El Salvador’s new president-elect, Mauricio Funes from the left-wing Farabundo Marti National Liberation Front (FMLN), has pledged to restore diplomatic relations with Cuba.

After an hour-and-a-half of walking under the intense Sudanese sun, armed with crude maps printed from the internet, we paused before a field of rubble in an industrial area of North Khartoum.

Israel’s tactic of targeting of Palestine solidarity activists has claimed another victim.

Over March 13-20, solidarity committees of Iranians abroad organised a week of solidarity with workers’ rights activists persecuted by the Iranian government. The week of activity occurred in a number of countries, including Australia, France, Norway, Germany, Sweden and Canada. Below is an abridged statement explaining the reasons for the week.

Following a series of anti-government protests that were brutally repressed — with more than 100 people killed since January 26 — the military forced the corrupt and brutal Madagascan President Marc Ravalomanana to step down.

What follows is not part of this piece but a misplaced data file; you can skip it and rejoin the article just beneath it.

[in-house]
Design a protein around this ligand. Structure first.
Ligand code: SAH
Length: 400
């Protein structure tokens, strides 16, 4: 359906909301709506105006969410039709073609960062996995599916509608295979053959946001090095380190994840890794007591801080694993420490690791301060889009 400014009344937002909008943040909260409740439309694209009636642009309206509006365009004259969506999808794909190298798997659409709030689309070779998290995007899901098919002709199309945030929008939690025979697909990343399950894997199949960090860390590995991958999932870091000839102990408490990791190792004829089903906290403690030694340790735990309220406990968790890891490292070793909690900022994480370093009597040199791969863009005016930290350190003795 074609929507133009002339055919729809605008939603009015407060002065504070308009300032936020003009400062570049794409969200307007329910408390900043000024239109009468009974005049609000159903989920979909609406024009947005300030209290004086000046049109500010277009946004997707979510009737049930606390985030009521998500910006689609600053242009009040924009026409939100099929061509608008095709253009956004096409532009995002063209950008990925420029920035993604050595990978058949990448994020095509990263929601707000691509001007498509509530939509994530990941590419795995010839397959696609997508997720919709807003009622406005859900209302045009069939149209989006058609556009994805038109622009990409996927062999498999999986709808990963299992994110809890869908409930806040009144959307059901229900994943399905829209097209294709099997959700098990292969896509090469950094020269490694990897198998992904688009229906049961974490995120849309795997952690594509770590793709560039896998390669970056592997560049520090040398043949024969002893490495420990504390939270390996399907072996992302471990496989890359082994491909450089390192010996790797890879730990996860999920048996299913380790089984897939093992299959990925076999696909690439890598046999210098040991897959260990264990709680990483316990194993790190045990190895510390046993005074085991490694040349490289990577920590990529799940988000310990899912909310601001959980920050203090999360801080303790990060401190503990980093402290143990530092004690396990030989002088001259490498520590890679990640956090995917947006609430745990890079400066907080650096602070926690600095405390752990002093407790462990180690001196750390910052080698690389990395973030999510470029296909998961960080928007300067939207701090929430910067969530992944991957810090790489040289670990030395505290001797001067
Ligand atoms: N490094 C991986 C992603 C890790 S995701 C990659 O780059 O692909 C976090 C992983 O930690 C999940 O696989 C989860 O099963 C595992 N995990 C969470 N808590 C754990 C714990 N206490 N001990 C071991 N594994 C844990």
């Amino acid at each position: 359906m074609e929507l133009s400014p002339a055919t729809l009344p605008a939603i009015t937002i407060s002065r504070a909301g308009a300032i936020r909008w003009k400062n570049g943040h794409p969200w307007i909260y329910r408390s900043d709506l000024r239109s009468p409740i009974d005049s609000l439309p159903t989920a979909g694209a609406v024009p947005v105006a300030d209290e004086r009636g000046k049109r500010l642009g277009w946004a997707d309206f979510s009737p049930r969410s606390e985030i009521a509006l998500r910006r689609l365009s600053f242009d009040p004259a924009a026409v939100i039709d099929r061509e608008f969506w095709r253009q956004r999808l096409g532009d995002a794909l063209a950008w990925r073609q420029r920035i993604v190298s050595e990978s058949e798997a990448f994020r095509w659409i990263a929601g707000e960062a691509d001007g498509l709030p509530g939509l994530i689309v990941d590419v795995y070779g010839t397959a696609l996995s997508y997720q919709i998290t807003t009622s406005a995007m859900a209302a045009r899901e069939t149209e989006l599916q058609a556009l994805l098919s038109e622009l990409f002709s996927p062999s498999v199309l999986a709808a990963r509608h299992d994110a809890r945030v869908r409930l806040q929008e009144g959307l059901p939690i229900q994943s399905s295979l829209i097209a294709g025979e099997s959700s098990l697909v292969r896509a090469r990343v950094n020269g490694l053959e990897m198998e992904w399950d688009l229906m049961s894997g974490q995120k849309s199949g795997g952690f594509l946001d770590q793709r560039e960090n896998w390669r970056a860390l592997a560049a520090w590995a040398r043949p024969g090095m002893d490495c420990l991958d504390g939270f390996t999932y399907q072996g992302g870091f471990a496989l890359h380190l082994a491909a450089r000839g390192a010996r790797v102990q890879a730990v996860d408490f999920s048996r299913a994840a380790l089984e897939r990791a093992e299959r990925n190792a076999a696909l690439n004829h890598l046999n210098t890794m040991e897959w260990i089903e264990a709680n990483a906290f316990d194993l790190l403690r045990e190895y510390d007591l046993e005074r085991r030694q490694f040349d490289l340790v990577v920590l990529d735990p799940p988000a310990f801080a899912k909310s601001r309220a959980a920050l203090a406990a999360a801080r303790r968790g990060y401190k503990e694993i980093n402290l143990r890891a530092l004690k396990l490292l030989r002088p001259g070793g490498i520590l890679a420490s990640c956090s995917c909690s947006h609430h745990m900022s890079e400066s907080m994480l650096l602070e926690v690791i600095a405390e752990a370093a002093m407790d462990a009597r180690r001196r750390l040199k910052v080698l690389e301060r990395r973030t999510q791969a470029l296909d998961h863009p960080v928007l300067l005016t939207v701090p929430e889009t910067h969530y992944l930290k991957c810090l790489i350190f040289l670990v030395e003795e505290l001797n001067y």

A 38-day general strike in the Caribbean colony of Martinique ended on March 14 with the signing of a protocol between the government and the February 5 Collective, a coalition of unions and other social movements named after the day the strike began.

The “long march” of lawyers and pro-democracy activists, who faced-down state repression including hundreds of arrests, won its key demand on March 16 when the Pakistan People’s Party (PPP) backed down in the face of huge resistance and, following five days of mass protests, restored the chief justice Iftikhar Muhammad Chaudry and other sacked judges to their positions.

The article below is combined from reports published at http://www.tamilnet.com.